df['Target'] = df['Rating'].apply(lambda c: 0 if c < 4 else 1)

# Combine the title and text into a single column
df['Text'] = df['Title'] + ' ' + df['Review Text']

# Create a new column that is the length of the next text field
df['text_len'] = df.apply(lambda row: len(row['Text']), axis = 1)

Cleaning the Text

Next, we need to clean the text. I've created a function adapted to almost any NLP cleaning situation. Let's take a look at the text before text:

' Love this dress!  it\'s sooo pretty.  i happened to find it in a store, and i\'m glad i did bc i never would have ordered it online bc it\'s petite.  i bought a petite and am 5\'8".  i love the length on me- hits just a little below the knee.  would definitely be a true midi on someone who is truly petite.'
def process_string(text):

    final_string = ""

    # Convert the text to lowercase
    text = text.lower()

    # Remove punctionation
    translator = str.maketrans('', '', string.punctuation)
    text = text.translate(translator)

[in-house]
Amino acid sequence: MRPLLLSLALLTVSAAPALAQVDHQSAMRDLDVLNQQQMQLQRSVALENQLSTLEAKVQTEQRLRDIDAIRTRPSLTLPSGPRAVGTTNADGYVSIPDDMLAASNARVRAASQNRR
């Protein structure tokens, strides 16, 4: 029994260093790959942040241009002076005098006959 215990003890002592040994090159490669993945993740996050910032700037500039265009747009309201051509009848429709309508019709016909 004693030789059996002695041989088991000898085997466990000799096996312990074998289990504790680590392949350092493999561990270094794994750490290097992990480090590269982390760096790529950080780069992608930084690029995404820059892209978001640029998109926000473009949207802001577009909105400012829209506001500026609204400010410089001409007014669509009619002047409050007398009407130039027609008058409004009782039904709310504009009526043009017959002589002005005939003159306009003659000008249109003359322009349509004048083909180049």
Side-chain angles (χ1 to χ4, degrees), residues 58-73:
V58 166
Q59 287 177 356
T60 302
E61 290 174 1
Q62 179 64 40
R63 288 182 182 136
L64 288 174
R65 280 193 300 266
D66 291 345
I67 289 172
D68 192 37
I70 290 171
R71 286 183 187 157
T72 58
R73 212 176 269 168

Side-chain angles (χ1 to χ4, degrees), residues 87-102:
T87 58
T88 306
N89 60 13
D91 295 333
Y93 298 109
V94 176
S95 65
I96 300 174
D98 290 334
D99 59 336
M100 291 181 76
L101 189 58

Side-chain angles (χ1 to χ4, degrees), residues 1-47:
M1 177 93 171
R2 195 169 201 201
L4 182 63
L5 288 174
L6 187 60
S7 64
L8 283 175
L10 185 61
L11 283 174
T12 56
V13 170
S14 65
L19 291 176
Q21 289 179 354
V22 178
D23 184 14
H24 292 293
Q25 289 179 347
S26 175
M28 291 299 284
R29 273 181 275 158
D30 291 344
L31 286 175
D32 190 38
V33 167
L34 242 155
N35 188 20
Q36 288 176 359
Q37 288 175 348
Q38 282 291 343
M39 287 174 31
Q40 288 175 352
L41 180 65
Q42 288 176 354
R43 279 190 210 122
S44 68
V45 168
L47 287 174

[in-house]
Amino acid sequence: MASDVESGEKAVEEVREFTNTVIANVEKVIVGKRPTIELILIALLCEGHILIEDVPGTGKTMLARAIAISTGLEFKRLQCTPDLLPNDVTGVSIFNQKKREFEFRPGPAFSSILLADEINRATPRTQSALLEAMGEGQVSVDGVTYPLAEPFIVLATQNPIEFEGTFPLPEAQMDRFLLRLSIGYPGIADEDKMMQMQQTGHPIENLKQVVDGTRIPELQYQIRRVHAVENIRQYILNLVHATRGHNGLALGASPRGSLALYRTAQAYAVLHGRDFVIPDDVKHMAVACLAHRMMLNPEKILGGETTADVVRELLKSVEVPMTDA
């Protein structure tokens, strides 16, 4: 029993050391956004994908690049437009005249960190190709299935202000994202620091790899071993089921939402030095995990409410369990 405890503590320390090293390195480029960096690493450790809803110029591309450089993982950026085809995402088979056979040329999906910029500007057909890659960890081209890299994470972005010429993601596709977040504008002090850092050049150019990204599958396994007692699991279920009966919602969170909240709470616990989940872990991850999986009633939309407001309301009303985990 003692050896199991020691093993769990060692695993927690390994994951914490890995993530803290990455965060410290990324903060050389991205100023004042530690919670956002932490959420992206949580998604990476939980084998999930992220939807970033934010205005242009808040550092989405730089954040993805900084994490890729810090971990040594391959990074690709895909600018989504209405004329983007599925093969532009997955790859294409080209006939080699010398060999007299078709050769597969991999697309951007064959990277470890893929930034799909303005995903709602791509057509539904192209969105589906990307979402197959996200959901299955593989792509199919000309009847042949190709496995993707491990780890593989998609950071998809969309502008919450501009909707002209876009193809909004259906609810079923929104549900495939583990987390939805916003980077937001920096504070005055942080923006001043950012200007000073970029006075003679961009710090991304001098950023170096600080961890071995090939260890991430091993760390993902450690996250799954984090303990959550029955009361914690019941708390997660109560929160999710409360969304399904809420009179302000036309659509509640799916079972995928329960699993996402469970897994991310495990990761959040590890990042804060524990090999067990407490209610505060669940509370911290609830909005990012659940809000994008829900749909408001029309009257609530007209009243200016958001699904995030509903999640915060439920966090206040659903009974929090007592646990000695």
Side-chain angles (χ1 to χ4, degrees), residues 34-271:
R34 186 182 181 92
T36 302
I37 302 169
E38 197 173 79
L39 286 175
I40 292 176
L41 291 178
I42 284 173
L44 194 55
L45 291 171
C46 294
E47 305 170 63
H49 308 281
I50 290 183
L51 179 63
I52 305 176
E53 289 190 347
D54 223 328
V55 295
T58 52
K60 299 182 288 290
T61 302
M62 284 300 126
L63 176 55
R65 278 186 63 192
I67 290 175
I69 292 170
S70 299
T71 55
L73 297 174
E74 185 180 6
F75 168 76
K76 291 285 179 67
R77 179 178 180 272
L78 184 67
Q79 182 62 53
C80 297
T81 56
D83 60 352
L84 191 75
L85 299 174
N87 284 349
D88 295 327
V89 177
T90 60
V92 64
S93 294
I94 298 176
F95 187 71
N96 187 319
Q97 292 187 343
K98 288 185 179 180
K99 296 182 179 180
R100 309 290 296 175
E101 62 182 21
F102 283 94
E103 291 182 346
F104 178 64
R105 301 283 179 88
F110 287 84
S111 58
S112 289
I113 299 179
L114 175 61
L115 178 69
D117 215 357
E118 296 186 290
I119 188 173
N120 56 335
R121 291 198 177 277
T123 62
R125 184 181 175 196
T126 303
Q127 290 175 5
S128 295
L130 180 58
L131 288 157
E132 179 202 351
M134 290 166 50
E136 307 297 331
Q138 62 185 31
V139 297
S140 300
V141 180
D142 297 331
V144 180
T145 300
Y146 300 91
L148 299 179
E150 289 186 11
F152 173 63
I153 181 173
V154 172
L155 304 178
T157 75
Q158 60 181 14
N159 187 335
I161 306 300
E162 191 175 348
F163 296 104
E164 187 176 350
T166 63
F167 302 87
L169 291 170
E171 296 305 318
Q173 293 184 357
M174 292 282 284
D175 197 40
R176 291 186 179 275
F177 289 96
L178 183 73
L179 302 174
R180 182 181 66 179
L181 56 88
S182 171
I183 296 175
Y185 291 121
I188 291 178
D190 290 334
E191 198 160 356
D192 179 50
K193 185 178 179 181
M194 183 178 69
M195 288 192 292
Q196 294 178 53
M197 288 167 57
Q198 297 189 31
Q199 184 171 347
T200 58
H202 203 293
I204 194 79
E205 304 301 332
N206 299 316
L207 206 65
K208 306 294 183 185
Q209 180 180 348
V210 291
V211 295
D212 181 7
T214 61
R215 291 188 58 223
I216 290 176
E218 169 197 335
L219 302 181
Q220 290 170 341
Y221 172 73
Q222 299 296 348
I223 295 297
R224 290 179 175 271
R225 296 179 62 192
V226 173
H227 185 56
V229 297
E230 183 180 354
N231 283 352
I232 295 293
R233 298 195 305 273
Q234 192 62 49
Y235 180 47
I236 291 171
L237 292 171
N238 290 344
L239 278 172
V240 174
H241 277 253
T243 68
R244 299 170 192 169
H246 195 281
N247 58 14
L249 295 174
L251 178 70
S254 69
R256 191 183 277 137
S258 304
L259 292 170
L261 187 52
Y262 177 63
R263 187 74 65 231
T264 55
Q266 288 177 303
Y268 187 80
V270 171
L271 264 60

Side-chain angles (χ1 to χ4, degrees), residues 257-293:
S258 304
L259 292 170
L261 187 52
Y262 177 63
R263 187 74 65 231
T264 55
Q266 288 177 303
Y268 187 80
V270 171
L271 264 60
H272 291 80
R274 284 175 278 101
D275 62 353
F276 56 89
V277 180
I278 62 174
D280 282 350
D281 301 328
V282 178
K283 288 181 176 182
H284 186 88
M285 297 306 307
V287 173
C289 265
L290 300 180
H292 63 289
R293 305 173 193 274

# Remove stop words and usless words
    text = text.split()
    useless_words = nltk.corpus.stopwords.words("english")
    text_filtered = [word for word in text if not word in useless_words]

    # Remove numbers
    text_filtered = [re.sub('\w*\d\w*', '', w) for w in text_filtered]

    # Stem the text with NLTK PorterStemmer
    stemmer = PorterStemmer() 
    text_stemmed = [stemmer.stem(y) for y in text_filtered]

    # Join the words back into a string
    final_string = ' '.join(text_stemmed)

    return final_string

We use the Pandas apply method to run this on our Data Frame. After applying this function, let's look at the resulting string.

df['Text_Processed'] = df['Text'].apply(lambda x: process_string(x))